First contingency line of credit in the Caribbean to secure access to US$150 million immediate financing in the aftermath of a disaster
WASHINGTON, September 28, 2017 -- The World Bank Board of Executive Directors today approved a US$150 million loan to the Dominican Republic (DR) to provide immediate financing in the event of a natural disaster or a public health emergency. This Catastrophe Deferred Drawdown Option, or Cat DDO, provides countries with immediate financing without taking resources away from social and development programs.
“As the Dominican Republic and its Caribbean neighbors live through the direct consequences of climate change and will continue facing vulnerability to extreme weather events, our priority is to be better prepared to save lives, assist affected communities, and ensure that key infrastructures such as hospitals, schools, roads, bridges and houses are better built to withstand natural disasters. This financing from the World Bank will help us mitigate risks from climate shocks, natural disasters, as well as pandemics”, said Danilo Medina, President of the Dominican Republic.
According to a recent World Bank and Ministry of Economy, Planning and Development study, the economic impact of disasters in the country is estimated to an average of US$420 million per year over the period of 1961 to 2014. The Dominican Republic ranks 27 out of 171 countries in the 2016 United Nations World Risk Index that ranks countries risks of natural disasters.
“The most important lesson from our experience in disaster response across the world is to invest in prevention and preparedness to be able to respond speedily when disaster strikes," said Tahseen Sayed, World Bank Director for the Caribbean. “This is the first operation of its kind in the Caribbean, and focuses on a series of reform to strengthen the government’s capacity for disaster risk management, climate adaptation, and financial resilience”.
The policy reforms supported under the Cat DDO will:
Incorporate disasters and climate-related risks into fiscal and debt management;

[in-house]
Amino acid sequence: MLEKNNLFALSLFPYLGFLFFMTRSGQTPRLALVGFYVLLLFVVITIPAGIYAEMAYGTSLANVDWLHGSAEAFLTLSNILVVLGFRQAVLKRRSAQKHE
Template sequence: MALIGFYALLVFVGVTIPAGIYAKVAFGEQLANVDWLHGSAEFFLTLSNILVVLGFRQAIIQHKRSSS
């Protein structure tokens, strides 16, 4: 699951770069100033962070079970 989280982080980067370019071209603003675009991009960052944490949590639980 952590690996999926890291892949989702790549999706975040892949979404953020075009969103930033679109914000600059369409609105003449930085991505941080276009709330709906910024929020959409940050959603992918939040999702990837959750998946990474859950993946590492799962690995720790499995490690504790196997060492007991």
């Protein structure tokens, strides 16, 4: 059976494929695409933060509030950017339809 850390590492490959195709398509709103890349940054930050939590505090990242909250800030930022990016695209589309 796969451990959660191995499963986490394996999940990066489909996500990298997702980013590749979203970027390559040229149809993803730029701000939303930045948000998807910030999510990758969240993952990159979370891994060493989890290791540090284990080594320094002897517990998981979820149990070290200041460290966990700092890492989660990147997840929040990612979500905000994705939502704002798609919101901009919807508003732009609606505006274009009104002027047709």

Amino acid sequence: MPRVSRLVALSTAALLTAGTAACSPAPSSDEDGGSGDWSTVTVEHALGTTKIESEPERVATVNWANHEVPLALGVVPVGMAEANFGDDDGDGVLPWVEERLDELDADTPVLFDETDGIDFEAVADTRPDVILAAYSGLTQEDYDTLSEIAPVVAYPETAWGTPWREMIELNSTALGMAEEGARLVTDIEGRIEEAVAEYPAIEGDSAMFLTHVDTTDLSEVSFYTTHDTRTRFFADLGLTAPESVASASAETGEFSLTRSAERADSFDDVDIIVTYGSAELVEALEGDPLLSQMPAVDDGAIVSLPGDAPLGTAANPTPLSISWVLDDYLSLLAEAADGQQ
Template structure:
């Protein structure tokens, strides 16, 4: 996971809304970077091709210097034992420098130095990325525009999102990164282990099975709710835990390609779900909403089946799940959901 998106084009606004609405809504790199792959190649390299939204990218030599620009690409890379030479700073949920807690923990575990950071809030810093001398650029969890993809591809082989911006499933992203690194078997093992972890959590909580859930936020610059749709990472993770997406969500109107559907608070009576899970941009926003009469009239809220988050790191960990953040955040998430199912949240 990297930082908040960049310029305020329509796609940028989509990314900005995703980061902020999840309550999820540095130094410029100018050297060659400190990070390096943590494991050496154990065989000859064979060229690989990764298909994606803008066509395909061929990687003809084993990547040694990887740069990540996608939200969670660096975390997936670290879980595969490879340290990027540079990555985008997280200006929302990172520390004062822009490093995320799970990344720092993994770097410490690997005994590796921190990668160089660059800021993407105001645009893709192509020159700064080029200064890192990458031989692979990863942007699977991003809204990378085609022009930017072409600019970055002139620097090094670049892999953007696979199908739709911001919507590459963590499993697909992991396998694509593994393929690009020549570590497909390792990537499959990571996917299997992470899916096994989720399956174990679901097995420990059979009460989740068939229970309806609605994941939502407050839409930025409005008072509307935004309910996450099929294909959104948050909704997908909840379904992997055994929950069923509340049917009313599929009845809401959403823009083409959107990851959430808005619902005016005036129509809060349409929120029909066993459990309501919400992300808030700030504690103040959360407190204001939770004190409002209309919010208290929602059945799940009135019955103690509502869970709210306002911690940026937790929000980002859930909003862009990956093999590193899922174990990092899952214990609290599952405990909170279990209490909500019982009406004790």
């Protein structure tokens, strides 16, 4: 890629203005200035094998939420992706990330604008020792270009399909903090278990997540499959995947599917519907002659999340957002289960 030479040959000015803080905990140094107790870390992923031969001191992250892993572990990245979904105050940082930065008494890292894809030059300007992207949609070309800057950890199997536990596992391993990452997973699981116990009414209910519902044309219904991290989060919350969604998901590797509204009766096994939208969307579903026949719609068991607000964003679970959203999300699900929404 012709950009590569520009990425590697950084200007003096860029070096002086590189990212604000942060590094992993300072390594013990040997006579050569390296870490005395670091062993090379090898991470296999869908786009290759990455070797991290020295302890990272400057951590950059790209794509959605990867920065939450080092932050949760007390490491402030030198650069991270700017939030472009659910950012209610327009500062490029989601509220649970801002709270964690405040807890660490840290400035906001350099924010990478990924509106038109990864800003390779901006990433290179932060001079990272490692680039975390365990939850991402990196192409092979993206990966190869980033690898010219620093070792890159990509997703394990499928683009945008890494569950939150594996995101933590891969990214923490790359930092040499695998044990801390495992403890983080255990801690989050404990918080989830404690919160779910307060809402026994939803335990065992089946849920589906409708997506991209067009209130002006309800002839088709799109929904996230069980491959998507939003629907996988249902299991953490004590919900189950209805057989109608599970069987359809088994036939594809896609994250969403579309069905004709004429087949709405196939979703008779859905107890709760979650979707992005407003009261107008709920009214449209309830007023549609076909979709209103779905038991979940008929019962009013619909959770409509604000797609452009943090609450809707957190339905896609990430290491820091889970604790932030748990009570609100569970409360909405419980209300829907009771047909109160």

Enforce zoning regulations, building codes and safety standards for public infrastructures, in particular for schools and health facilities;
Strengthen flood and drought risk reduction measures as part of a comprehensive water resource management national strategy; and further build resilience of public investments by integrating disaster and climate-related risk analysis. The Cat DDO is a flexible loan with a final maturity of 19 years, including a 12-year grace period.
Background on how the World Bank is responding to Hurricanes Irma and Maria
In the immediate aftermath of Hurricanes Irma and Maria, the World Bank mobilized a disaster risk management team to help governments of affected countries, to conduct a rapid damage and needs assessment, in collaboration with the United Nations, the European Union, the Caribbean Disaster Emergency Management Agency, and the Caribbean Development Bank. In Barbuda, an emergency recovery project is being fast tracked to help rebuild severely damaged public infrastructure. In Dominica, immediate support is available from an existing disaster reduction project and the Caribbean Catastrophe Risk Insurance Facility (CCRIF SPC), developed with assistance of the World Bank, will be making a payout of USD $ 19 million to Dominica within 15 days. Additional support will be provided following a damage and loss assessment. In the Dominican Republic and Haiti, the Bank has been working closely with the national agencies and development partners to improve preparedness and timely response.
Securing access to financial resources before a disaster strikes is also important. This includes instruments such as emergency funds, insurance mechanisms and contingency lines of credit such as the Catastrophe Deferred Drawdown Option, or Cat DDO. In addition, six Caribbean countries, Antigua & Barbuda, Anguilla, Haiti, Saint Kitts & Nevis, The Bahamas, and Turks & Caicos Islands, are receiving payouts amounting to US$ 29.6 million by CCRIF SPC, less than 15 days after Hurricane Irma and Maria ripped through the Caribbean. This regional insurance mechanism takes advantage of risk pooling to provide liquidity to respond quickly to disasters.
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